Meghan and Harry's decision to name their daughter Lilibet "Lili" Diana Mountbatten-Windsor has raised eyebrows online, with many questioning whether it's appropriate to borrow the Queen's nickname given recent family turmoil.
The Duke and Duchess of Sussex announced the arrival of their daughter overnight, with Meghan, 39, said to be doing "well" after giving birth in California on Friday morning.
Their daughter's name makes reference to both her grandmother, Princess Diana, and her great grandmother, the Queen.
Lilibet was the Queen's family nickname and the name her late husband Prince Philip used to call her.
The name was first used when Princess Elizabeth was just a toddler and unable to pronounce her name correctly. Her grandfather King George V would affectionately call her "Lilibet", imitating her attempts to say "Elizabeth".
The Sussexes' decision to repurpose it for their newborn has had a mixed reaction online, with Meghan and Harry naysayers slamming it in light of Harry's recent criticism of his family.
Others have praised the sweet gesture to the Queen.
Naturally, Piers Morgan took the opportunity to take a swipe at the couple's "constant pleas for privacy" in his reaction, while Aussie reporter Peter Ford labelled it "not good form".
Others called the move "odd" and "awful".
There were plenty of well-wishes for the couple, too, with Ellen DeGeneres gently joking of the name: "I am more than a Lilibet excited to meet you."
Others jumped to Meghan and Harry's defence, clapping back at those blasting the name choice.
The couple said in a statement: "It is with great joy that Prince Harry and Meghan, The Duke and Duchess of Sussex, welcome their daughter, Lilibet "Lili" Diana Mountbatten-Windsor, to the world.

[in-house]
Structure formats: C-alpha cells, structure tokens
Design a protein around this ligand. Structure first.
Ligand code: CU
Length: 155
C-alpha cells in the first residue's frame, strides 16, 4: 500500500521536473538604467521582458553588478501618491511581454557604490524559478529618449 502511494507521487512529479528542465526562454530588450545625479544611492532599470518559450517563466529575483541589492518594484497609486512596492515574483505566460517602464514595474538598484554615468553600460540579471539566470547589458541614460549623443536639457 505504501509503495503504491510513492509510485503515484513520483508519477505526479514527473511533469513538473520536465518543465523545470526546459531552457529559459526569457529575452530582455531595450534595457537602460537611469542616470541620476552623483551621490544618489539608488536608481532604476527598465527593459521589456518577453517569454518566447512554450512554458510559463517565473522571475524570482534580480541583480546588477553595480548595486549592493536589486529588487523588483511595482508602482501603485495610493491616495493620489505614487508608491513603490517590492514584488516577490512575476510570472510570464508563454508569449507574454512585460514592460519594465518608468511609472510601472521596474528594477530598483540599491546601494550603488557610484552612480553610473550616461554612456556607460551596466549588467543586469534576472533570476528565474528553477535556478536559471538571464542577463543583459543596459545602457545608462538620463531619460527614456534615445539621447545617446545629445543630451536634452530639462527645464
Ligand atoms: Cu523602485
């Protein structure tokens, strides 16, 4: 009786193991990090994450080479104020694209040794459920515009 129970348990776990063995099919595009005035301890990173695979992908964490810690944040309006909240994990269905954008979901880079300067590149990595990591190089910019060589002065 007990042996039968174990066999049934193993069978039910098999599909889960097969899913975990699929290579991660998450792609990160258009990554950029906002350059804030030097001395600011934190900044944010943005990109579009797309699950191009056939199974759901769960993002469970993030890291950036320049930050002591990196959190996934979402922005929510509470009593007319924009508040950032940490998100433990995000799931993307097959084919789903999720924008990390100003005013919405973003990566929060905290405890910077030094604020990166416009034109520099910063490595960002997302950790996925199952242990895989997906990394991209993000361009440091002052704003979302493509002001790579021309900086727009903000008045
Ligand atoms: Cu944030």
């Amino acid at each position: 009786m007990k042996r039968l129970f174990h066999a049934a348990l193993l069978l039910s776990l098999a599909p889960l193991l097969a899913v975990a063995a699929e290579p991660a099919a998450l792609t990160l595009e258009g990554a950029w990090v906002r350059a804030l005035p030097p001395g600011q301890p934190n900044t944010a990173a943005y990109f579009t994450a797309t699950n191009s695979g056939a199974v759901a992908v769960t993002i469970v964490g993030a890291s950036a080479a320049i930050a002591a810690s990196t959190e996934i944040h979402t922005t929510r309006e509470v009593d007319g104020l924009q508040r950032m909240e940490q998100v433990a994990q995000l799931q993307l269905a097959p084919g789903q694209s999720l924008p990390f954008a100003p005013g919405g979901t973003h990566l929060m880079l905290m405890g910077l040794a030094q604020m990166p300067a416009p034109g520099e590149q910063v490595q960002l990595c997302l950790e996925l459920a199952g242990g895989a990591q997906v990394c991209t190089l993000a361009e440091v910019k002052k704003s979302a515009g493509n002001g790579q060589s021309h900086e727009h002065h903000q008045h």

"Lili was born on Friday, June 4 at 11.40am in the trusted care of the doctors and staff at Santa Barbara Cottage Hospital in Santa Barbara, California.
"She weighed 7lbs 11oz (3.5kg). Both mother and child are healthy and well, and settling in at home."
Their new bundle of joy will be a little sister to Archie Harrison Mountbatten-Windsor, who turned two in May.
"Lili is named after her great-grandmother, Her Majesty The Queen, whose family nickname is Lilibet," the couple said.
"Her middle name, Diana, was chosen to honour her beloved late grandmother, The Princess of Wales.
"This is the second child for the couple, who also have a 2-year-old son named Archie Harrison Mountbatten-Windsor.
"The Duke and Duchess thank you for your warm wishes and prayers as they enjoy this special time as a family."
According to royal writer Omid Scobie, the world will have to wait a bit before getting a first glimpse at Lilibet "Lili" Diana Mountbatten-Windsor who was born on June 4 in California.
"The couple, who will not be sharing a photo at this time, are now on parental leave," Scobie, a close friend of Harry and Meghan's tweeted. "For those asking about sending gifts, Harry and Meghan have asked wellwishers to support or learn about the following women-focused orgs: @girls_inc @Camfed @MynaMahila and @HarvestHomeLA."
Despite the fact Lili is the eighth in line to the throne behind her brother, Archie, she isn't considered a princess.
In 1917, King George V made a rule that great-grandchildren of the monarch won't get to be princes or princesses, apart from the eldest son of the eldest son of the Prince of Wales.
The current Prince of Wales is Prince Charles, meaning Prince William's eldest, George, is a prince.
William and Kate's other children, Charlotte and Louis, are princess and prince respectively after orders issued by the Queen back in 2012 which extended the title and style to all children of the Prince of Wales' eldest son.
However this will change when Prince Charles becomes king.
Archie and Lili will then go from being the monarch's great grandchildren to the monarch's grandchildren, and will then be considered a prince and princess respectively.